How to plug in and use a GSM SIM800L module with the Raspberry Pi (without battery).
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The SIM800L is a GSM/GPRS modem that is widely used in electronics due to its very low price and wide availability. It’s an affordable way to send SMS with a Raspberry Pi or Arduino, connect in 3G or implement a GPS.
However, it is almost impossible to find satisfactory explanations about its use and especially about its connection.
So in this tutorial we’ll see how to plug in and power a SIM800L from a Raspberry (note that it also works for an Arduino), without external power or battery!
The hardware needed to connect your SIM800L to your Raspberry.
We will go into the details and explanations later in this tutorial, but be aware that to link a SIM800L to a Raspberry a little hardware is needed. So you’ll need:
- From a SIM800L module.
- A soldering iron to assemble your SIM800L if it is not already.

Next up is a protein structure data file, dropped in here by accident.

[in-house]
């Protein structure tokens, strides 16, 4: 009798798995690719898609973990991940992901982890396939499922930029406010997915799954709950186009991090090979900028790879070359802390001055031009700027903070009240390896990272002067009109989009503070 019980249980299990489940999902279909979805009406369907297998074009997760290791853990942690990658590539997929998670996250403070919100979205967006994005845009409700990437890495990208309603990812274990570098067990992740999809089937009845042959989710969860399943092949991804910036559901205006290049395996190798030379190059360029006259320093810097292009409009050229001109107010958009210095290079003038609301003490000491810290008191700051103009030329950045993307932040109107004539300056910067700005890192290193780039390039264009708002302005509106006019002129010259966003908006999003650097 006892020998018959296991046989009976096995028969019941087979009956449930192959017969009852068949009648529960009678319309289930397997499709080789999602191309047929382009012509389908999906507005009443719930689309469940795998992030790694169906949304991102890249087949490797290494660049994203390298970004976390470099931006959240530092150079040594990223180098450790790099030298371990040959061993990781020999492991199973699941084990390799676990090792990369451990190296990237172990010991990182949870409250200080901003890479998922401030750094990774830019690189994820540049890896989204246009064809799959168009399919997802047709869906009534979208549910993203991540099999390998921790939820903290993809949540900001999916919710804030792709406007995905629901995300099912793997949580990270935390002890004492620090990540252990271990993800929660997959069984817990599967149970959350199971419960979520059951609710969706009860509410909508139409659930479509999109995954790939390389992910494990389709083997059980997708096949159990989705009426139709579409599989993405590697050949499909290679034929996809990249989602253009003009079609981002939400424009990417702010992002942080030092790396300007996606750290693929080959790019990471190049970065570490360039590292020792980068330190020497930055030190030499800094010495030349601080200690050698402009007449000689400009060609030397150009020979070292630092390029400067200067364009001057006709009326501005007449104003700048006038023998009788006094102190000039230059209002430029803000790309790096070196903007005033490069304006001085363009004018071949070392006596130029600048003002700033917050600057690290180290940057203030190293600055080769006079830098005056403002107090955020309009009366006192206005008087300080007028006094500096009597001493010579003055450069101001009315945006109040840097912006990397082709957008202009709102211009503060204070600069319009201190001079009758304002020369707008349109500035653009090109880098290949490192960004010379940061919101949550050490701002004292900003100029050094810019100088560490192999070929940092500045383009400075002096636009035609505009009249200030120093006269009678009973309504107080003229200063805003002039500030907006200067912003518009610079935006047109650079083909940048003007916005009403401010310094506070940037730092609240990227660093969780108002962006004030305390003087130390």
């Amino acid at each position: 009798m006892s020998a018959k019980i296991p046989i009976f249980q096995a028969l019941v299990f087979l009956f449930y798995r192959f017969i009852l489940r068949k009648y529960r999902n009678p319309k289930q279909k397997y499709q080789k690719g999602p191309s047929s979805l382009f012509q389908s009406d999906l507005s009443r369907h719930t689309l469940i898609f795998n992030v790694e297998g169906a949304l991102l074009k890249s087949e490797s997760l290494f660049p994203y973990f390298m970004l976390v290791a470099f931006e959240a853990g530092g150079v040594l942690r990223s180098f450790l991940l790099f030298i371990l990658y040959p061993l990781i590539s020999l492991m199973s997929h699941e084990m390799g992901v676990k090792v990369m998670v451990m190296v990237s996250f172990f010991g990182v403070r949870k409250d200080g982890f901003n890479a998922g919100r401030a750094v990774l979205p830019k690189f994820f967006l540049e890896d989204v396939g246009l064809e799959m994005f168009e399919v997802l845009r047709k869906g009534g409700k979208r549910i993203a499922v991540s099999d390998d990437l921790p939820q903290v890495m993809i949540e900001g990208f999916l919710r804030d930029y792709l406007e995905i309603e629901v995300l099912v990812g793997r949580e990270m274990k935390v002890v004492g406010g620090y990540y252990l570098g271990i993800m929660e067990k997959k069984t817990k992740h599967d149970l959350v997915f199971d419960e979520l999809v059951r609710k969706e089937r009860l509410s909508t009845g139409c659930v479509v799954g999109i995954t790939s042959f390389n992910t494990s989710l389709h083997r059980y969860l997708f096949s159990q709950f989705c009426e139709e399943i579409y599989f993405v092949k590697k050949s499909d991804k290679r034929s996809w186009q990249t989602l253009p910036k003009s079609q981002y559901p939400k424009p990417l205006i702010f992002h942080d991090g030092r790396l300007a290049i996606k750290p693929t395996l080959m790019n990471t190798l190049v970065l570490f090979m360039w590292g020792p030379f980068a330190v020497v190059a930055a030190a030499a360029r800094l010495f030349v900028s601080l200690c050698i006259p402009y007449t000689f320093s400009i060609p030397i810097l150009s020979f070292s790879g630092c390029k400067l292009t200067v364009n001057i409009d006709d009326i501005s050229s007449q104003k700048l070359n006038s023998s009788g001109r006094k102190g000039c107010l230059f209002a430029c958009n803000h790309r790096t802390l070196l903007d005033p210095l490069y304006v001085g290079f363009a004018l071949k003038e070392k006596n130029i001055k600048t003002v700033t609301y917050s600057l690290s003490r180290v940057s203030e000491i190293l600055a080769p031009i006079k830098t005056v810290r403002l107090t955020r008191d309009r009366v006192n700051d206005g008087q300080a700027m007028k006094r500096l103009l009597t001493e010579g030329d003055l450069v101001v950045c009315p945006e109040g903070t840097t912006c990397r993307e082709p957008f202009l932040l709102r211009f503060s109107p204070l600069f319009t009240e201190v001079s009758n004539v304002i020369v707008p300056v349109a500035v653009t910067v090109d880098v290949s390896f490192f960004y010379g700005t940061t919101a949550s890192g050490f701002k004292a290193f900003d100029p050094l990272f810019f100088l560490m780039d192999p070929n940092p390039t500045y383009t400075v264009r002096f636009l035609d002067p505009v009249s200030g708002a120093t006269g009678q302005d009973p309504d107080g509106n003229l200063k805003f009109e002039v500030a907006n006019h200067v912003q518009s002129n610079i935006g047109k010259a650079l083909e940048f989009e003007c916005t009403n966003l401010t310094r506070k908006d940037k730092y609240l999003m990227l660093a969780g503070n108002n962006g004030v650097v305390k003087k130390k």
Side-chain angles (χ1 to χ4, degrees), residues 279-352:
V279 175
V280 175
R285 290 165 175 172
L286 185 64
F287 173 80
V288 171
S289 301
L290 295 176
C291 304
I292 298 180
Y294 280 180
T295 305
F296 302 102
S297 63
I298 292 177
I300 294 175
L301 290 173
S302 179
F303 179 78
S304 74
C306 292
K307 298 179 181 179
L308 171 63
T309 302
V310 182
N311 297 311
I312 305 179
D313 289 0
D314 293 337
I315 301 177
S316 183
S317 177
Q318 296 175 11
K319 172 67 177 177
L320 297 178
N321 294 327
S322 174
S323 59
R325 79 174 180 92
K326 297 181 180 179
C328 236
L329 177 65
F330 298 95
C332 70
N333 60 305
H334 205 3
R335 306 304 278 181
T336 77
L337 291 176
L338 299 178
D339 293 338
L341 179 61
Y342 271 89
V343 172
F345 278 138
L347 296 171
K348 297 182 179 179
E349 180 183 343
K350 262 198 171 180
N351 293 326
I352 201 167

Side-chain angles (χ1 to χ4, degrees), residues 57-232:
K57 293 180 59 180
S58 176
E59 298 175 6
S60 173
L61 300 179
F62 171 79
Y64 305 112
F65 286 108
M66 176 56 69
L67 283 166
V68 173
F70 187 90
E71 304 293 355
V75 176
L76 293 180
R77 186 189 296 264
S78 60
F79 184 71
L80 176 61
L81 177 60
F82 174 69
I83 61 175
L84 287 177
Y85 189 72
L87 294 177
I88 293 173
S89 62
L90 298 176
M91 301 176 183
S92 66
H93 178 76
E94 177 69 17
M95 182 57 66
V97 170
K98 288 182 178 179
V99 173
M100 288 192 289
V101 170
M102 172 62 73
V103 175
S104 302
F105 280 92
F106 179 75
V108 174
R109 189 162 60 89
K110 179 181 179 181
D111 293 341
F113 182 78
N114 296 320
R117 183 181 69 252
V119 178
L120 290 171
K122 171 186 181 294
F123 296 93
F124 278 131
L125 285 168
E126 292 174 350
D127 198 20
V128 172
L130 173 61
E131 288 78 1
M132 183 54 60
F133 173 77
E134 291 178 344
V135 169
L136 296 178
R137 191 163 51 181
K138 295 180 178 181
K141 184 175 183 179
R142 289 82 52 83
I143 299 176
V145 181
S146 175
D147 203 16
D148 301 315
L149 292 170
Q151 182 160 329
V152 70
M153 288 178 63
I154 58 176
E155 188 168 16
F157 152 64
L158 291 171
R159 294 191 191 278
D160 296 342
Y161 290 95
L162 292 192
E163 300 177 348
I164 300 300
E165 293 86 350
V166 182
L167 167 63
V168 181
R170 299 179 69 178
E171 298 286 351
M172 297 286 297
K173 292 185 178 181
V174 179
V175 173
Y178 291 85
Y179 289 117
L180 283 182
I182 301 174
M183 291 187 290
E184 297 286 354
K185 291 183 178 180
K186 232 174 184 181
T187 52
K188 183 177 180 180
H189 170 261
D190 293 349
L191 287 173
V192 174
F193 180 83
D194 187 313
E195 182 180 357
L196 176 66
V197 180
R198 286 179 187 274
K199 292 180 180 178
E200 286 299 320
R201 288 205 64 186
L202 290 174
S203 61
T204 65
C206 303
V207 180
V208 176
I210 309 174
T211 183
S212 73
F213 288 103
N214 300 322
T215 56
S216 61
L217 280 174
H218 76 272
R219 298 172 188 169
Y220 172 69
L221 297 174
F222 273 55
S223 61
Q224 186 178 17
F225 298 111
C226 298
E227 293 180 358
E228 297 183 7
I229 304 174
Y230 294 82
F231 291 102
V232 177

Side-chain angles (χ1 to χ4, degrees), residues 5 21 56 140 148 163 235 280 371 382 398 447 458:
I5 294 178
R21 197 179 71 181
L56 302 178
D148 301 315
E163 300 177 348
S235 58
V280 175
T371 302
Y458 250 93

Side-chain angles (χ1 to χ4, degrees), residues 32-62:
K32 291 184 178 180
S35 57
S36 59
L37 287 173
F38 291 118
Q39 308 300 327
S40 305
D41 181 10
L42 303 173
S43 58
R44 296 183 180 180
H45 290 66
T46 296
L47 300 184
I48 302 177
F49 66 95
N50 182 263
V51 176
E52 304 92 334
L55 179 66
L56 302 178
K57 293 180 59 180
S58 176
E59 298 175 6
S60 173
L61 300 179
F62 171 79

- A breadboard, a capacitor 5 V, 100µF or more, a 1N4007 diode, Dupont cables. You could buy each item alone, but you should actually buy dozens of capacitors and diodes just to pay off the shipping costs. So I think the easiest thing is to take an electronics kit like this that contains everything we just mentioned.
Of course, you’ll also need a Raspberry with raspbian installed and a SIM card with a subscription. Note that the SIM card must be in micro sim format. If yours is a smaller size (nano), you will need an adapter.
Now let’s move on to explanations and practice.
No time or desire to read the explanations? Go directly to the “In Practice…” part.
Theory, how to use a SIM800L with a Raspberry Pi?
The SIM800L is a modem. It is the one who registers with your operator’s network, etc. Overall it behaves like a phone that you could control directly from your Raspberry.
In order to control the SIM800L, from the Raspberry, you will have to provide power to the first and physically and softwareally connect both using a TTL port, more often called a port or serial interface.